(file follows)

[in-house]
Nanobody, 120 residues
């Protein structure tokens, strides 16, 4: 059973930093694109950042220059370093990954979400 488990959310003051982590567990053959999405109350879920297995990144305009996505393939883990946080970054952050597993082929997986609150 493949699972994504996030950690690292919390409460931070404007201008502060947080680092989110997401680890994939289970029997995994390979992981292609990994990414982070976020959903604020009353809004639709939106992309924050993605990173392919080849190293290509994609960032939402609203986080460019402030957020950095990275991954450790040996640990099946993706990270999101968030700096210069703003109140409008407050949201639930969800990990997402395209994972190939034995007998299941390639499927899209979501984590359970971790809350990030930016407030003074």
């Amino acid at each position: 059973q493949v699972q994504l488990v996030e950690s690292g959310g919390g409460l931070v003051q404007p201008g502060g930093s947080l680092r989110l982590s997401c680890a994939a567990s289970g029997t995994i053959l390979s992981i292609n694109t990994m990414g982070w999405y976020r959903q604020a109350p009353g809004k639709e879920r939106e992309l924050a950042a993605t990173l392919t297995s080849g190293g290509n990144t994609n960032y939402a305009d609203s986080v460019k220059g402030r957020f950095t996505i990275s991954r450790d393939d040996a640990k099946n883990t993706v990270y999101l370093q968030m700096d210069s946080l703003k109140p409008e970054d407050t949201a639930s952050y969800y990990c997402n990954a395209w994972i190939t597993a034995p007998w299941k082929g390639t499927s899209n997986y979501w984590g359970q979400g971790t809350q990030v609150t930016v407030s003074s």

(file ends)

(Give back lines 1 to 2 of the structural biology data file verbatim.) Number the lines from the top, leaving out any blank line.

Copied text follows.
[in-house]
Nanobody, 120 residues